The Canadian government unveiled slightly stricter gun laws on Tuesday that include enhanced background checks and restrictions on who can own firearms, in response to a spike in gang-related gun crimes.
Checks used to go back only five years but now will look at a person's entire "life history" before a gun ownership license is issued, according to the draft legislation.
Persons with a mental illness linked to violence, who have a history of violence or have been convicted of criminal offenses such as harassment or drug trafficking would be prohibited from owning a gun.
Vendors would also be obliged to verify the validity of buyers' firearm licenses before completing a transaction, and keep a sales record for 20 years -- which would be accessible by police authorized by the courts.
The legislation would not add to the current list of restricted or prohibited weapons. Instead it would put the onus on federal police to make decisions on gun classifications in order to remove political interference.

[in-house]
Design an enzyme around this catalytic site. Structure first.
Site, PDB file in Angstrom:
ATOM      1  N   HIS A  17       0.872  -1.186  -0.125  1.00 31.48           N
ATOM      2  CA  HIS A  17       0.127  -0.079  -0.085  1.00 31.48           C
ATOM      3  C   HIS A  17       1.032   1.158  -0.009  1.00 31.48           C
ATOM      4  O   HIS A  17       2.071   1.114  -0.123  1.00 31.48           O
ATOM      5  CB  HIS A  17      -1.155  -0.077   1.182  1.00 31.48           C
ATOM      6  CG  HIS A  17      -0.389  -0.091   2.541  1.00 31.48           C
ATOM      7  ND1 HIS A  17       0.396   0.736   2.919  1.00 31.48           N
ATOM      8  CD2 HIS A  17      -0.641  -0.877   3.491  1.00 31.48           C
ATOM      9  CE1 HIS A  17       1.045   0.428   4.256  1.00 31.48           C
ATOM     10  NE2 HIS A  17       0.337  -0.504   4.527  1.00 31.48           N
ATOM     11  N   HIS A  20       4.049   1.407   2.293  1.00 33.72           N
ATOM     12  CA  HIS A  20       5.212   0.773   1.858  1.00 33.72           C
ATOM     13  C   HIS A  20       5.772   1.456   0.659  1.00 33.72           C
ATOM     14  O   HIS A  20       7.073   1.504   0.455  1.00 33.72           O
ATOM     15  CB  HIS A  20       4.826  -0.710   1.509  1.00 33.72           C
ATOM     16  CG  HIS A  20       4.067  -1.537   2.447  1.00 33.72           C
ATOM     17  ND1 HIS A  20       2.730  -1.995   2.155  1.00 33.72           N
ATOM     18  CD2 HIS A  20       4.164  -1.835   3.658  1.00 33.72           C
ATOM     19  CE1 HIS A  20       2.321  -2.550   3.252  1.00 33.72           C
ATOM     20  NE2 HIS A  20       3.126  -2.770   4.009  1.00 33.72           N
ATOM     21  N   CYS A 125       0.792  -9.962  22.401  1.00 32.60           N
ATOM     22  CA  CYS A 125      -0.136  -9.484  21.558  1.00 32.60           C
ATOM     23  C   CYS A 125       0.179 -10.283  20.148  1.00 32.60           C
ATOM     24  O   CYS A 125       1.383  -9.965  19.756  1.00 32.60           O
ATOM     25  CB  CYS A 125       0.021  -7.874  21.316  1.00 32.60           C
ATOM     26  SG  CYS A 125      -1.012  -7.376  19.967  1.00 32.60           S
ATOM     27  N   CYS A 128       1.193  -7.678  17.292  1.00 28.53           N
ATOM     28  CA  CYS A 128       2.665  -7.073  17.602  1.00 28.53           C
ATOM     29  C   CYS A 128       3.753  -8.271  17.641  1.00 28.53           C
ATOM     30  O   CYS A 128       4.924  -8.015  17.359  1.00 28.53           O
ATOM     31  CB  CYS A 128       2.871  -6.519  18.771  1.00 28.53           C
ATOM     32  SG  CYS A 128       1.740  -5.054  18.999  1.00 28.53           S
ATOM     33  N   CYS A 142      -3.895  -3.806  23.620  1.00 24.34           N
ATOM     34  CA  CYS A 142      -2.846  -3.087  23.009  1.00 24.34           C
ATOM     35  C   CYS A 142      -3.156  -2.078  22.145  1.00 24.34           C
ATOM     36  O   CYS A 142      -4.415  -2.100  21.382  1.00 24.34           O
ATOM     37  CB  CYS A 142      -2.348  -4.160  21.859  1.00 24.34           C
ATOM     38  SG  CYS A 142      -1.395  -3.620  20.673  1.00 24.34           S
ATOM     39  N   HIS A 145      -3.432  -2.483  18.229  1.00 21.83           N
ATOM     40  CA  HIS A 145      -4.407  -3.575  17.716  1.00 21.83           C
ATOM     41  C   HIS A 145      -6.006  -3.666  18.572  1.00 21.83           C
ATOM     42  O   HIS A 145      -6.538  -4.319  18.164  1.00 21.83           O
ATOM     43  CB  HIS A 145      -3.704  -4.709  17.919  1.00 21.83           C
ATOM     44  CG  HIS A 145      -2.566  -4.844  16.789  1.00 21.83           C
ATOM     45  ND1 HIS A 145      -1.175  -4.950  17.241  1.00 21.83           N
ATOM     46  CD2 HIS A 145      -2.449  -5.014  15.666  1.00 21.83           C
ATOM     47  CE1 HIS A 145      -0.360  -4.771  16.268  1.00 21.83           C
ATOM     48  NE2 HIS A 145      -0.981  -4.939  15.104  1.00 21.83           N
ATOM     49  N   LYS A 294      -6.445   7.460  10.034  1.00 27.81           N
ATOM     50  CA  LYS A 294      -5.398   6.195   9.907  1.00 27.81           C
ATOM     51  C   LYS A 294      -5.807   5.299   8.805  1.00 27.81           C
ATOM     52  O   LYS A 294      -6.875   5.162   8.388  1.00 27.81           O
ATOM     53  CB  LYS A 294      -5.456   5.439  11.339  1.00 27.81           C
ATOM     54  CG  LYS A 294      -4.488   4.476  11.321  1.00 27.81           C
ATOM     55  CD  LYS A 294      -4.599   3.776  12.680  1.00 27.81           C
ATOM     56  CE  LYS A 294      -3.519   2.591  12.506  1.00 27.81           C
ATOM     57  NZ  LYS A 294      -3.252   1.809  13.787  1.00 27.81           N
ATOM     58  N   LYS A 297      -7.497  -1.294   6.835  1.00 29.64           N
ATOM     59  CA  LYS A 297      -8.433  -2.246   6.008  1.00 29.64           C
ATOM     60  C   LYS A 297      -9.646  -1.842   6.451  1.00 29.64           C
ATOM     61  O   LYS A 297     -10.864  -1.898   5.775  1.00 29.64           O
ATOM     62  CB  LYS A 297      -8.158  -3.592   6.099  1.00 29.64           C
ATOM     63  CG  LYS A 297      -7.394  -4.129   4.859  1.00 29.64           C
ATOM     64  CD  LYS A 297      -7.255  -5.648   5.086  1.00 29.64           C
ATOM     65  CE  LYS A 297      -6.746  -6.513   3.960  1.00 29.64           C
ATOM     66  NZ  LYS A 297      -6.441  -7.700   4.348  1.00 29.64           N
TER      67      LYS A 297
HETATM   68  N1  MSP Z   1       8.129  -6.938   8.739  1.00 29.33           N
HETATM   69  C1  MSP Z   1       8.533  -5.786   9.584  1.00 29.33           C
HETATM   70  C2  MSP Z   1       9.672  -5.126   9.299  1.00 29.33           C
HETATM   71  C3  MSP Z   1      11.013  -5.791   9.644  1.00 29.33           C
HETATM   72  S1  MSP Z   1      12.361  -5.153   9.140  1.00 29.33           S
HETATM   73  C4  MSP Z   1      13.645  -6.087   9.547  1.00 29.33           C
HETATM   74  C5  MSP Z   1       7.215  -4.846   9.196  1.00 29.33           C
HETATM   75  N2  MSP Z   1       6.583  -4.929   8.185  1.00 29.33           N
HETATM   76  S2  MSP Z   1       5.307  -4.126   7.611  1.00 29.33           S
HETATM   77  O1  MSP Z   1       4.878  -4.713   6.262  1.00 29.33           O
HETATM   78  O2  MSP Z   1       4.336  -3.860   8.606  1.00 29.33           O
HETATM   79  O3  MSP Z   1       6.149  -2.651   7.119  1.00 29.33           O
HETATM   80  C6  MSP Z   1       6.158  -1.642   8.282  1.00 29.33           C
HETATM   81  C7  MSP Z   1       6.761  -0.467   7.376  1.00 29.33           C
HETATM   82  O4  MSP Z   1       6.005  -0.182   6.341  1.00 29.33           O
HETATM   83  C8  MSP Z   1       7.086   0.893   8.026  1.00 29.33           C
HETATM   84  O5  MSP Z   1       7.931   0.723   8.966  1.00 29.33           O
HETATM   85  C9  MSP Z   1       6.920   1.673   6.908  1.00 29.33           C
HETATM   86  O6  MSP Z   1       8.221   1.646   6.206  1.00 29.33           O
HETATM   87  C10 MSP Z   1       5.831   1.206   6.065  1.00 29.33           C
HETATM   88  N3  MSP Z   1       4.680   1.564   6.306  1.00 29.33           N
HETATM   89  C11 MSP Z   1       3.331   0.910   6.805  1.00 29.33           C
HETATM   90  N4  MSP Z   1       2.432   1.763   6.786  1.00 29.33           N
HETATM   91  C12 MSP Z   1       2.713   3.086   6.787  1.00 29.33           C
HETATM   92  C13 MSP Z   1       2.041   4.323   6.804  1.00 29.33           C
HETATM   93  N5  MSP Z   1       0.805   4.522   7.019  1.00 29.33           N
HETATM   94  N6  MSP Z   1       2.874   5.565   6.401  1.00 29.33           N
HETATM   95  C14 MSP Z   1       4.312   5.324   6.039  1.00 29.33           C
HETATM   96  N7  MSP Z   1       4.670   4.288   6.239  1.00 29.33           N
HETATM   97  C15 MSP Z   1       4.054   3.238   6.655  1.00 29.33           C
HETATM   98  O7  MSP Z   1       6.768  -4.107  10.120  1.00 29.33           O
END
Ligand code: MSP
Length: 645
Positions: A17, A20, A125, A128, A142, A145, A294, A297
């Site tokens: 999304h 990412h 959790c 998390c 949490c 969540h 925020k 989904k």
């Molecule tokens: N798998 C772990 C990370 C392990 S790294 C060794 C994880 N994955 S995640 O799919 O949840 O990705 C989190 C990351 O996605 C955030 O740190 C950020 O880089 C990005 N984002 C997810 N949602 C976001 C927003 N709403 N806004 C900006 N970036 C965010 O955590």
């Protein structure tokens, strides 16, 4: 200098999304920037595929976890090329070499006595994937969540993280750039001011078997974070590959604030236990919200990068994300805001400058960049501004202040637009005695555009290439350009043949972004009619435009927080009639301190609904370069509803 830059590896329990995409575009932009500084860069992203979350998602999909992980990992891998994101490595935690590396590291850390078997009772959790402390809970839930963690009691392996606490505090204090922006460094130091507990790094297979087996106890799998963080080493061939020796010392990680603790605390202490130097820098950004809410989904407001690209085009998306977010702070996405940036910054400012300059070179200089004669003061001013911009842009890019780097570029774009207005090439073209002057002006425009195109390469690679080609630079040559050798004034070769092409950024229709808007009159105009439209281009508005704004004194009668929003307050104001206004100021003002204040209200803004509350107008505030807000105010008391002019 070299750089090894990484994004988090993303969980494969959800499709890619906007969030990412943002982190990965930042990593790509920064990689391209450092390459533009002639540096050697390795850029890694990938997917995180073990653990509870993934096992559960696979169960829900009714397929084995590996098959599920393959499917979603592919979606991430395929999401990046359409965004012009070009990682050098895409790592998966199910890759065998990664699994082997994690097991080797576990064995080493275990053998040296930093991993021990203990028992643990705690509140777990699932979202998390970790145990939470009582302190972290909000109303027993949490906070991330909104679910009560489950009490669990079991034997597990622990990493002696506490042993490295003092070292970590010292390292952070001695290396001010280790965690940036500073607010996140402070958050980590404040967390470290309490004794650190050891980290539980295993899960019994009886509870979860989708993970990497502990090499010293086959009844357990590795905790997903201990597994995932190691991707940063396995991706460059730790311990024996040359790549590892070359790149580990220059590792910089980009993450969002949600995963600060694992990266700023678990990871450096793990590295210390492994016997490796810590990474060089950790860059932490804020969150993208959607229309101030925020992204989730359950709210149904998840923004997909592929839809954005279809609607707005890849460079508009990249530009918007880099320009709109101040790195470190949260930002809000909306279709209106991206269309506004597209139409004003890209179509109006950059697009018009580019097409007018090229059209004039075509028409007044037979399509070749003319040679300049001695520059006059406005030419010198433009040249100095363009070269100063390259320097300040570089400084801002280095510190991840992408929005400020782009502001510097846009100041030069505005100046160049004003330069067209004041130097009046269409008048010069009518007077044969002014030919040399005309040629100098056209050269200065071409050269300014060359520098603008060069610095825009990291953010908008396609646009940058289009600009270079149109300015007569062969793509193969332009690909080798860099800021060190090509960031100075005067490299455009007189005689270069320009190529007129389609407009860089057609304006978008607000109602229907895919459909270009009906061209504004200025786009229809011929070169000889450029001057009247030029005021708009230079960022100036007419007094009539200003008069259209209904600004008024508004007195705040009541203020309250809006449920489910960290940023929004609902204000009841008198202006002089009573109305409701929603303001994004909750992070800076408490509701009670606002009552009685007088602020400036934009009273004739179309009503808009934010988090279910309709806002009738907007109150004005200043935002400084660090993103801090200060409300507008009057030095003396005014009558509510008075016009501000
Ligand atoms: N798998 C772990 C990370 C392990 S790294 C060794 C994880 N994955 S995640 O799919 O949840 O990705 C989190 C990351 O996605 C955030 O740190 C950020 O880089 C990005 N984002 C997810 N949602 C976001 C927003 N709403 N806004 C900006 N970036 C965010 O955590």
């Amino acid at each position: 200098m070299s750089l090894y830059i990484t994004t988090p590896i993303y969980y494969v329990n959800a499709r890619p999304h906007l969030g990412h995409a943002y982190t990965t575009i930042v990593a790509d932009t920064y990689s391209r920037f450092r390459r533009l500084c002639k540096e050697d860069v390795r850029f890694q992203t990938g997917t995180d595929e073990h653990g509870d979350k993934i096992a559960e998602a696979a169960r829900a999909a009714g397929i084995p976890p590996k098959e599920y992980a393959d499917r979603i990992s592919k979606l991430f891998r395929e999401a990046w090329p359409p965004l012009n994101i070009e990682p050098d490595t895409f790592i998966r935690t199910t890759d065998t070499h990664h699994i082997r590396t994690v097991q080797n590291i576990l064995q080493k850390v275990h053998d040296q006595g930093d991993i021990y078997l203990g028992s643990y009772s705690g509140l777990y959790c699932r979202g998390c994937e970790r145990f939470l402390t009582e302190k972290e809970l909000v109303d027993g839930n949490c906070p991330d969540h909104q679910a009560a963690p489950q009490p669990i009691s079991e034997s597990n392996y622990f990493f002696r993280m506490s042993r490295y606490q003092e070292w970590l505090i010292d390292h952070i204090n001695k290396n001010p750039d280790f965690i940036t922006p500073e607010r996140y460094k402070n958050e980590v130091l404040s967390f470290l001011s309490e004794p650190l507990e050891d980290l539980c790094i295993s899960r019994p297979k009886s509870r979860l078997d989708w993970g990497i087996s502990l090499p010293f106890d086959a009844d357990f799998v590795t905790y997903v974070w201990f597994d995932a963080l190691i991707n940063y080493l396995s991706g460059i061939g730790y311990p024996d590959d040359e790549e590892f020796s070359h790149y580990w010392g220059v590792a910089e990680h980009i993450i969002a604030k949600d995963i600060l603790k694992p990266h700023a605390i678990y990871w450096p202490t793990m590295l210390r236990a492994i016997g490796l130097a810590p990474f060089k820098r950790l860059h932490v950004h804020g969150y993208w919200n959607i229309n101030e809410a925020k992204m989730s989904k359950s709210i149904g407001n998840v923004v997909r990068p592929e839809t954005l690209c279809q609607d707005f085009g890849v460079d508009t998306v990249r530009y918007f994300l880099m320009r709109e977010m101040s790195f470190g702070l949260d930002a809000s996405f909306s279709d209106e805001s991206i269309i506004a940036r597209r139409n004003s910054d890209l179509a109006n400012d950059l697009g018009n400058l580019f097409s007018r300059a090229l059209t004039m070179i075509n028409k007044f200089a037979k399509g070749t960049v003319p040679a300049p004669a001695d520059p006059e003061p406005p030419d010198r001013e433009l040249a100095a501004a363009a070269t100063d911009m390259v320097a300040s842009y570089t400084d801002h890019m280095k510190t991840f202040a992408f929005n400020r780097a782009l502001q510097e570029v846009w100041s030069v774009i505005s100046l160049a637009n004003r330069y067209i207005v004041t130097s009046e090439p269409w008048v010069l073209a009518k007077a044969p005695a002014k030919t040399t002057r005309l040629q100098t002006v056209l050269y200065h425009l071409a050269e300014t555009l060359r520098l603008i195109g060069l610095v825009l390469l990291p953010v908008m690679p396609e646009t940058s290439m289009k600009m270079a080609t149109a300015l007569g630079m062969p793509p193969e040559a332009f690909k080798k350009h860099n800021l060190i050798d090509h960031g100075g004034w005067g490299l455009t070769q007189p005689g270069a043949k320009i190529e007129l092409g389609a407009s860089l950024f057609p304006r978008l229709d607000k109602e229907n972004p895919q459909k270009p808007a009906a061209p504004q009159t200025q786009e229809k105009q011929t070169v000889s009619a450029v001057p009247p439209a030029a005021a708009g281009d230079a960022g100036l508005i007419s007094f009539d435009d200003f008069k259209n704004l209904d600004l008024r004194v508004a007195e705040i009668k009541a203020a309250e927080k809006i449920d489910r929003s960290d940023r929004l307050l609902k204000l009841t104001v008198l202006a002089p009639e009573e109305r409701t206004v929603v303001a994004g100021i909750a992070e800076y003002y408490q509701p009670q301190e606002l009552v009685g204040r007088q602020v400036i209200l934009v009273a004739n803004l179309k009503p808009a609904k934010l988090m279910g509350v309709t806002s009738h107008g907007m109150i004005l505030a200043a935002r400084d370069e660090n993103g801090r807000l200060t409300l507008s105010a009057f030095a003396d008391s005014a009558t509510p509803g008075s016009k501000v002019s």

"While Canada is one of the safest countries in the world, increased gun crime has caused too much violence and taken too many lives in communities of all kinds," Public Safety Minister Ralph Goodale said in a statement.
"With this legislation and our other measures, we are taking concrete steps to make our country less vulnerable to the scourge of gun violence, while being fair to responsible, law-abiding firearms owners and businesses," he said.
The proposed law comes as Canada's overall crime rate continues to fall, but gun crimes are on the rise.
According to government statistics, the number of crimes involving guns increased 30 percent to 2,465 from 2013 to 2016, while gun homicides (many of them involving gangs) rose by two-thirds to 223.
Most firearms owned by Canadians are non-restricted long guns such as hunting rifles and shotguns.
For the most part, handguns, semi-automatics or fully automatic firearms are already restricted or prohibited.
Under the new law, two groups of guns (Swiss and Czech assault rifles) that were downgraded by the previous Tory administration in 2015 would be relisted at a higher classification.
However, owners would be allowed to keep them under a grandfather clause as long as they followed the new classification rules limiting their use to activities such as target practice or as part of a collection.